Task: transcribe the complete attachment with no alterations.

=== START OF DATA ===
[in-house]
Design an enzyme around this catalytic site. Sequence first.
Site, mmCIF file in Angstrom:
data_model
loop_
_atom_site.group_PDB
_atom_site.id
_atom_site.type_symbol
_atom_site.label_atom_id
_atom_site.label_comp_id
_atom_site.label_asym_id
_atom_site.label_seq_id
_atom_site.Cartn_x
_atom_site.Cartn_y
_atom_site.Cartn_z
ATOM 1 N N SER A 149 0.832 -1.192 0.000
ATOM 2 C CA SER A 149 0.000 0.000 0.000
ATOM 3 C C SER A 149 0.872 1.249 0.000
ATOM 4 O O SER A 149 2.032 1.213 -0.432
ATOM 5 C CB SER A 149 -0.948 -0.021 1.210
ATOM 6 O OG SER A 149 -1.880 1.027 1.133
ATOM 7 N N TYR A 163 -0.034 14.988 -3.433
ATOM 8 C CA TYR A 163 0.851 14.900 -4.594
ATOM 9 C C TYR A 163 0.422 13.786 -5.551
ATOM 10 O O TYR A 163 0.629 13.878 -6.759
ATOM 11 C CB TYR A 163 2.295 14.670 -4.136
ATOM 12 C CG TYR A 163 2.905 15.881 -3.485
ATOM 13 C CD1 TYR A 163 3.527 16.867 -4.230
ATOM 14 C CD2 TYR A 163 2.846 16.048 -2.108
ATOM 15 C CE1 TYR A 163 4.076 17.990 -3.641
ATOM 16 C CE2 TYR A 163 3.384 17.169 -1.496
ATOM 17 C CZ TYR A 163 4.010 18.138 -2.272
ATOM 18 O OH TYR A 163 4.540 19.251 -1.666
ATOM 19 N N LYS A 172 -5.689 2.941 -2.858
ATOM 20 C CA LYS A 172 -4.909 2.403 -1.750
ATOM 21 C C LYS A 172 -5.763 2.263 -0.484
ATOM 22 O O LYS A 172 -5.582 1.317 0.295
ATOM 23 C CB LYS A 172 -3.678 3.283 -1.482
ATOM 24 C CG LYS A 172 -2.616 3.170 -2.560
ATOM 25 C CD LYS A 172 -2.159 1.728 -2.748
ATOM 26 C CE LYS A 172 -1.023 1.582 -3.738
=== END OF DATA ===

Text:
[in-house]
Design an enzyme around this catalytic site. Sequence first.
Site, mmCIF file in Angstrom:
data_model
loop_
_atom_site.group_PDB
_atom_site.id
_atom_site.type_symbol
_atom_site.label_atom_id
_atom_site.label_comp_id
_atom_site.label_asym_id
_atom_site.label_seq_id
_atom_site.Cartn_x
_atom_site.Cartn_y
_atom_site.Cartn_z
ATOM 1 N N SER A 149 0.832 -1.192 0.000
ATOM 2 C CA SER A 149 0.000 0.000 0.000
ATOM 3 C C SER A 149 0.872 1.249 0.000
ATOM 4 O O SER A 149 2.032 1.213 -0.432
ATOM 5 C CB SER A 149 -0.948 -0.021 1.210
ATOM 6 O OG SER A 149 -1.880 1.027 1.133
ATOM 7 N N TYR A 163 -0.034 14.988 -3.433
ATOM 8 C CA TYR A 163 0.851 14.900 -4.594
ATOM 9 C C TYR A 163 0.422 13.786 -5.551
ATOM 10 O O TYR A 163 0.629 13.878 -6.759
ATOM 11 C CB TYR A 163 2.295 14.670 -4.136
ATOM 12 C CG TYR A 163 2.905 15.881 -3.485
ATOM 13 C CD1 TYR A 163 3.527 16.867 -4.230
ATOM 14 C CD2 TYR A 163 2.846 16.048 -2.108
ATOM 15 C CE1 TYR A 163 4.076 17.990 -3.641
ATOM 16 C CE2 TYR A 163 3.384 17.169 -1.496
ATOM 17 C CZ TYR A 163 4.010 18.138 -2.272
ATOM 18 O OH TYR A 163 4.540 19.251 -1.666
ATOM 19 N N LYS A 172 -5.689 2.941 -2.858
ATOM 20 C CA LYS A 172 -4.909 2.403 -1.750
ATOM 21 C C LYS A 172 -5.763 2.263 -0.484
ATOM 22 O O LYS A 172 -5.582 1.317 0.295
ATOM 23 C CB LYS A 172 -3.678 3.283 -1.482
ATOM 24 C CG LYS A 172 -2.616 3.170 -2.560
ATOM 25 C CD LYS A 172 -2.159 1.728 -2.748
ATOM 26 C CE LYS A 172 -1.023 1.582 -3.738